At The Cagle Firm, we have the opportunity to see how various insurance companies operate and we learn, through observation, the policies and procedures that drive them, especially when handling a claim. Every day we deal with these companies and this ongoing interaction gives us unique insight into their business practices. We see how they treat their policy holders, especially settling a claim. The value of the settlements that they try to offer their policy holders speaks volumes about the ethical line they tow. What is more telling though is the length of time that they take settle.
Insurance companies are held to a higher ethical standard that most other businesses and are bound by laws that require them to act in good faith when they are settling and paying a claim. These laws recognize that people’s lives and wellbeing are directly affected by the outcome of claims. It touches businesses, the economy, and society as a whole. A person’s life can come to a screeching halt while they wait for a claim to settle. It is because of this that the law has more stringent mandates for how the insurance companies operate and how fast and efficient they must be. At least, that is the intention.
Good Faith takes a Back Seat to Profit
Some companies slip below the radar and engage in unethical, even harmful practices. Weak regulation leaves gaping holes in the fabric of the law, allowing insurance companies to operate according to a model that focuses on profit and pushes good faith to the backburner. These practices have been in use since the mid-1990s and they destabilize the traditional contract and trust between policy holders and insurance companies.
Where the claims once served the policy holder, they soon became a source of revenue for insurance companies, but with a very shady undercurrent. The mastermind of this scheme was consulting superstar McKinsey & Company. Allstate insurance hired them in 1992 and other top insurance companies soon followed suit as McKinsey promised a profit heavy system that he promised would boost their bottom line. This plan was detailed in a mere 12,000 slides that McKinsey created.
The computer driven method tossed aside traditional claims adjusting practices in favor of intentional low-ball offers to claimants. It annihilated the humanity aspect of adjusting a claim where claims managers could work with customers in an effort to best serve them in favor of a system that no longer saw people, but dollar symbols.
The McKinsey Strategy
The scheme was reinforced with practices that rewarded compliant behavior and punished those who pushed back. In other words, if a person accepted the low-ball offer, he or she would receive prompt, even expedient service. A person who did not accept the low-ball offer was, in effect, punished by the insurance company which delayed their claims. Often the person was forced to file lawsuits which were expensive, time consuming, and emotionally taxing, just so they could receive the benefits that they deserved.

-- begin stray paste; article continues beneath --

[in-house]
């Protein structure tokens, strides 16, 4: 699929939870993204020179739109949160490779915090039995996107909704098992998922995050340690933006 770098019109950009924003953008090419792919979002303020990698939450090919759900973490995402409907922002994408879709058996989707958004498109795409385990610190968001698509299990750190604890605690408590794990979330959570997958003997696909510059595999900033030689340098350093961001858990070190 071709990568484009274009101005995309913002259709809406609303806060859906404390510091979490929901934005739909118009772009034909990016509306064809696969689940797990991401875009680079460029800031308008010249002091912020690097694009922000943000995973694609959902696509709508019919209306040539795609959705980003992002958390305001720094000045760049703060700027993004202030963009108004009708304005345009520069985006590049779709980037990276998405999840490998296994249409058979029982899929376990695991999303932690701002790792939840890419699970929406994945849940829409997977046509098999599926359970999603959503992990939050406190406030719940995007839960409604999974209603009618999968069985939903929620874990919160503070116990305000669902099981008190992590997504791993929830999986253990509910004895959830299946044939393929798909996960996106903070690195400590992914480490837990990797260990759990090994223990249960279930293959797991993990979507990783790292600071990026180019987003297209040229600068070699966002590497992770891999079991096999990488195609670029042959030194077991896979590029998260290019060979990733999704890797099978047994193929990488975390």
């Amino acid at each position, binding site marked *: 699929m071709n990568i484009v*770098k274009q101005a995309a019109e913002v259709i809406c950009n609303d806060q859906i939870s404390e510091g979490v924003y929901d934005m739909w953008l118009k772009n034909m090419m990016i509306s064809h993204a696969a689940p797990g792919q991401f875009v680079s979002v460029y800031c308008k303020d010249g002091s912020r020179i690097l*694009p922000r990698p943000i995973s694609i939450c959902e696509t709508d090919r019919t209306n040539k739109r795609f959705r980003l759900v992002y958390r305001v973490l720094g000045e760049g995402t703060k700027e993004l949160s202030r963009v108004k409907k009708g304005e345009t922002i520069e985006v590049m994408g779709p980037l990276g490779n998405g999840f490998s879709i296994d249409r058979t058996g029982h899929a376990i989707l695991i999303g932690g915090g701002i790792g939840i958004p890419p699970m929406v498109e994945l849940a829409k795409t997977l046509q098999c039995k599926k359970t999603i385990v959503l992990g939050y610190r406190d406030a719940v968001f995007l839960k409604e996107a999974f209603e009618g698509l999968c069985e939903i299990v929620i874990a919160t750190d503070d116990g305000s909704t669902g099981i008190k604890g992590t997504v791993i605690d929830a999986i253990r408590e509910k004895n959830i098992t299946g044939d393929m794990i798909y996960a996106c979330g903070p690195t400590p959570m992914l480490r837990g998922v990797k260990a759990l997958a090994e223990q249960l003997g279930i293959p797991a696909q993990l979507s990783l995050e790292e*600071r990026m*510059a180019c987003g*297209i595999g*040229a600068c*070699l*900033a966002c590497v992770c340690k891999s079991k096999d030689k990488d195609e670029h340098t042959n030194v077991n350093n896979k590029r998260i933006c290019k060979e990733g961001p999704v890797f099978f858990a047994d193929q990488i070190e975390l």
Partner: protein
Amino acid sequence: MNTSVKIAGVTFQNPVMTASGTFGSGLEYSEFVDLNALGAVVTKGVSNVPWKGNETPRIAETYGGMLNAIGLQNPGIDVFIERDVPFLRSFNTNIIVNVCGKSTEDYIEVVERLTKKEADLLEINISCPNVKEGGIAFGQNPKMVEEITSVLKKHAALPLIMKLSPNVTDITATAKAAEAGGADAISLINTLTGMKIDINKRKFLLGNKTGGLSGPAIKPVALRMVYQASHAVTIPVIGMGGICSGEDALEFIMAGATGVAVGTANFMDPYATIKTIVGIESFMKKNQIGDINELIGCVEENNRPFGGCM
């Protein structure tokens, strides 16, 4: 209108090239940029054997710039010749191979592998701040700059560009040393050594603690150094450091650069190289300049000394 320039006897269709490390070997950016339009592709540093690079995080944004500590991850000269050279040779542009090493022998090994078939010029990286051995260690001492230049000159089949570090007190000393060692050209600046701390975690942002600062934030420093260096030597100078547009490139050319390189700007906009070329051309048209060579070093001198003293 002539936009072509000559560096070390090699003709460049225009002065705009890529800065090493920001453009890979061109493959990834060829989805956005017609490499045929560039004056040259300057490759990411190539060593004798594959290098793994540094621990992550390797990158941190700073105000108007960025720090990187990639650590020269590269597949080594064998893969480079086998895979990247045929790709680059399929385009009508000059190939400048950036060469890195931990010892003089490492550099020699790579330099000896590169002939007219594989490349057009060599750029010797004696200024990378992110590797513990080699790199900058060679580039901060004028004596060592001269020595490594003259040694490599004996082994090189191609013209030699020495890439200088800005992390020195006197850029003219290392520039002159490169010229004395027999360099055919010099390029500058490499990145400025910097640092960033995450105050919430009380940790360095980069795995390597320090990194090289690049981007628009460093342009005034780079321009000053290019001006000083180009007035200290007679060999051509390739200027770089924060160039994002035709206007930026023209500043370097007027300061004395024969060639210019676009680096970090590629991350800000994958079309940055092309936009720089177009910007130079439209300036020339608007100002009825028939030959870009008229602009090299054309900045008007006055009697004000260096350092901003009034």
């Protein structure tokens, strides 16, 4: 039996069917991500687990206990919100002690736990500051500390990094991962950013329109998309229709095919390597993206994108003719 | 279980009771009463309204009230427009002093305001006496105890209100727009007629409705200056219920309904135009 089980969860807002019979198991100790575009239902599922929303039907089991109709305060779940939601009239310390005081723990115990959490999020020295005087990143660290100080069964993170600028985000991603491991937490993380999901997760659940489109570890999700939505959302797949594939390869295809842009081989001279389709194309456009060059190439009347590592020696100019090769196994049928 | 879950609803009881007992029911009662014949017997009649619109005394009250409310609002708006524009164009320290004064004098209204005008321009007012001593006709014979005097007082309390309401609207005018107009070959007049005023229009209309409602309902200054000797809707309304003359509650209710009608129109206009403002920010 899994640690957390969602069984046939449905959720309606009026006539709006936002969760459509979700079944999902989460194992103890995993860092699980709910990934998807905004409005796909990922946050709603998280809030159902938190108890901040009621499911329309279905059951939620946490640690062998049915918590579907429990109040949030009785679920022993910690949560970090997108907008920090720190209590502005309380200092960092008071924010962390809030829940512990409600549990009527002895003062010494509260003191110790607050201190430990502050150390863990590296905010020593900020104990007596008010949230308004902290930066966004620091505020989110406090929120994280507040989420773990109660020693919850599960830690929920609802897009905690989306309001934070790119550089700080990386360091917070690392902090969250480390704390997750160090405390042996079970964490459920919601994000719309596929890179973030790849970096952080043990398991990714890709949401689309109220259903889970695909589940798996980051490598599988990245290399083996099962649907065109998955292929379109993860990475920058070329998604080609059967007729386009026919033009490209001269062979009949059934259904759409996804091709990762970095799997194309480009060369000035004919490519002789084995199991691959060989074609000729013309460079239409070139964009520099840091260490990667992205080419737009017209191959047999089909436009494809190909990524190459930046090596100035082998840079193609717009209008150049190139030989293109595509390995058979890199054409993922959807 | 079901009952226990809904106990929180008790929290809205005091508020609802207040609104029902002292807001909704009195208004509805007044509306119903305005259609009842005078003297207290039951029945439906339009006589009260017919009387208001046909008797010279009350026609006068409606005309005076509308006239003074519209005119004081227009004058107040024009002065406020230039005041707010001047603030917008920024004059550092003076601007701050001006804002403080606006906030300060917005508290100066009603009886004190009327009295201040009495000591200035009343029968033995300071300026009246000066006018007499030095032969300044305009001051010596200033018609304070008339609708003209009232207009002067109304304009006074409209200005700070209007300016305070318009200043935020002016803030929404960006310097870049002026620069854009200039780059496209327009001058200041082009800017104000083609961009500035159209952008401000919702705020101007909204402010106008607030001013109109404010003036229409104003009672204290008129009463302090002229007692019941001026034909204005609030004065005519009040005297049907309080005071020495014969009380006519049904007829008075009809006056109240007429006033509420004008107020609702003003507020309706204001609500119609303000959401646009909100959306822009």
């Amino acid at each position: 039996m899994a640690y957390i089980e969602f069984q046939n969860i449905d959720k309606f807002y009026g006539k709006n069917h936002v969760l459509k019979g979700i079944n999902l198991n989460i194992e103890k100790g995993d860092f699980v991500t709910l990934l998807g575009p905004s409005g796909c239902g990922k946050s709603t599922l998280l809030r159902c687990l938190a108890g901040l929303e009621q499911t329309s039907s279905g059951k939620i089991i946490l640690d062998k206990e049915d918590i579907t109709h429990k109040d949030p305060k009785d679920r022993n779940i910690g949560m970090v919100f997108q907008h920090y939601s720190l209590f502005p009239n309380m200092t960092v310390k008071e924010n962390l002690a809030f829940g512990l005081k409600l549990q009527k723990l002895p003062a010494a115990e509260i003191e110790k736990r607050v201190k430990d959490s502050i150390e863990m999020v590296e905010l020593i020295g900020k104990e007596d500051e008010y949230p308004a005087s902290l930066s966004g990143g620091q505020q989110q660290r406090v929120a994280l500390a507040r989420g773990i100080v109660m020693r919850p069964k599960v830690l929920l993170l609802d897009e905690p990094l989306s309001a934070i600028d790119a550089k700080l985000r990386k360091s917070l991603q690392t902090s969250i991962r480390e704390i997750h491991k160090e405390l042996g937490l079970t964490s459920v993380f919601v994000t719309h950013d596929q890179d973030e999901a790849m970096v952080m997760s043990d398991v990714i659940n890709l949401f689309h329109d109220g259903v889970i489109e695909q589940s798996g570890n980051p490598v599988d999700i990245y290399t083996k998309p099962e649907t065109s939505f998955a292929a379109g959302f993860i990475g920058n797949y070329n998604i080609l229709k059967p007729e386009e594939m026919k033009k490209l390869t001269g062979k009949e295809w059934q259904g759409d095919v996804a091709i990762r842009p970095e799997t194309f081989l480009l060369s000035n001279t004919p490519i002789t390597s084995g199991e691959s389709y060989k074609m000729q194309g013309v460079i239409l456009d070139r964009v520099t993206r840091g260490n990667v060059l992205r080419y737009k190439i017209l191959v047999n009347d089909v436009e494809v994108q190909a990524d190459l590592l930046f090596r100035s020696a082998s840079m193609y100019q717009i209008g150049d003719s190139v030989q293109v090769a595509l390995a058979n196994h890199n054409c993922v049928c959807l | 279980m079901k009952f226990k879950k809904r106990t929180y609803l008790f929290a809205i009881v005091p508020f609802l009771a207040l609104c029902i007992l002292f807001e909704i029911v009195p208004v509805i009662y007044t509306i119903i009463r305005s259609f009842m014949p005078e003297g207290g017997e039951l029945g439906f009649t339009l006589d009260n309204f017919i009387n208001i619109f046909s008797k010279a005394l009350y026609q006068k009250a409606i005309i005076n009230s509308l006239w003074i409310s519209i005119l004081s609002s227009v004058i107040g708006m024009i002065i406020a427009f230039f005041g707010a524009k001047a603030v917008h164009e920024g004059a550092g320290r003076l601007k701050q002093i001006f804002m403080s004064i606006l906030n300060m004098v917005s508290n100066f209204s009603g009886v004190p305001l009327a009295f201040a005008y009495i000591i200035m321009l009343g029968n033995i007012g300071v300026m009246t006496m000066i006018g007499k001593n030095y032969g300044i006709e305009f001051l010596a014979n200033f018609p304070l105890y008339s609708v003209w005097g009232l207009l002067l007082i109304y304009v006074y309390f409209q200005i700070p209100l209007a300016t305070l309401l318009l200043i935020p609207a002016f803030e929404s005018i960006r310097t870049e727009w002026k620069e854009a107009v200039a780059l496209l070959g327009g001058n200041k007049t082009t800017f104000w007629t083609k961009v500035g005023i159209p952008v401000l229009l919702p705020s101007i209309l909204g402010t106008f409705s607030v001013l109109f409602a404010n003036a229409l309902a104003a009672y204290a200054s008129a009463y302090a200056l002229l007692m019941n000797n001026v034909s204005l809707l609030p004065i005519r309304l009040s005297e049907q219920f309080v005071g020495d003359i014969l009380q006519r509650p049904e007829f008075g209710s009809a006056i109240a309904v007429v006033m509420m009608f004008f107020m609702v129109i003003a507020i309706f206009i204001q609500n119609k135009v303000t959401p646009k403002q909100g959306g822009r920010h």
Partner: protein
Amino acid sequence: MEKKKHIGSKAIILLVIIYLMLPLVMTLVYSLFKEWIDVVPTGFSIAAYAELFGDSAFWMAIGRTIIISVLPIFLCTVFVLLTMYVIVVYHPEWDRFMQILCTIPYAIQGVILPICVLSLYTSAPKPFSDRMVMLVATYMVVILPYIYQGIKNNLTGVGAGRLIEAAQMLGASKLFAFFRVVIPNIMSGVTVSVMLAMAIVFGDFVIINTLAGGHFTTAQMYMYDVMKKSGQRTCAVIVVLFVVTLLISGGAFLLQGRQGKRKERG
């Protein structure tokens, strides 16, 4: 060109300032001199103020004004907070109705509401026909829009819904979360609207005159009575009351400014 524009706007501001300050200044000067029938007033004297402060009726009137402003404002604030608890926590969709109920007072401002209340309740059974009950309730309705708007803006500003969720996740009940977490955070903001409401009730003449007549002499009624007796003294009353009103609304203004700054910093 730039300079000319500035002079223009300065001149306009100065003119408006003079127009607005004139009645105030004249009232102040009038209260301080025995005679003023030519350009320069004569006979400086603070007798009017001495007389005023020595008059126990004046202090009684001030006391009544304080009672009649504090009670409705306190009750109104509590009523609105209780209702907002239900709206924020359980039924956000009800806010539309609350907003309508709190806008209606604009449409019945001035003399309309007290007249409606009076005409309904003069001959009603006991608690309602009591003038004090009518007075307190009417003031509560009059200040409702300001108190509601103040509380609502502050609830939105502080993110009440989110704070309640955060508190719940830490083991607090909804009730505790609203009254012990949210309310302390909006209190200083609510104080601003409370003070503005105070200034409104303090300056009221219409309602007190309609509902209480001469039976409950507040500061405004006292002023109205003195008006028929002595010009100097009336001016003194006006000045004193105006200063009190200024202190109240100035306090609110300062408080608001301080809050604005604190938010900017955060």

The reasoning behind this unscrupulous maneuver was to drive up the cost of claims, both monetarily and timewise, that attorneys would eventually begin refusing personal injury cases, leaving those clients (the insurance companies’ customers) essentially helpless with no access to legal representation or help in getting the compensation that was, technically, already theirs.
McKinsey’s strategy focused on profit as the ultimate end game. One of the slides in his presentation are reported to read, “Improving Allstate’s casualty economics will have a negative economic impact on some medical providers, plaintiff attorneys, and claimants. … Allstate gains — others must lose.”
Allstate definitely benefitted from this maneuver. In 2007, the company’s profits topped $46 billion. This is twice as much as it made in the 1990s. The enormous increase is directly related to Allstate’s adherence to the McKinsey method – paying substantially less on claims thanks to shady low-ball practices.
Insurance Companies Still use the McKinsey Method Today
Today, the McKinsey method is still very much alive and insurance companies (including Allstate) are still using it – although they deny it, passing off delayed claims as flukes or hiccups in the system. In truth though, the delays are intentional.
When you have an accident you file a claim with your insurance company. Sometimes they will send a claims adjuster to inspect the vehicle – who will often tell you that a) your damage is not covered, or b) it is covered and they give you a low-ball offer. Most people trust their insurance company to act in their best interest. They aren’t very savvy when it comes to the claims process so they just accept it. They have no idea that their own insurance company is duping them.
If you have been in an accident, don’t accept that claim settlement until you talk to us. Call The Cagle Law Firm today at 888-353-3619 or use our web form to contact us. Let us help you navigate the complex system and get the compensation that you truly deserve.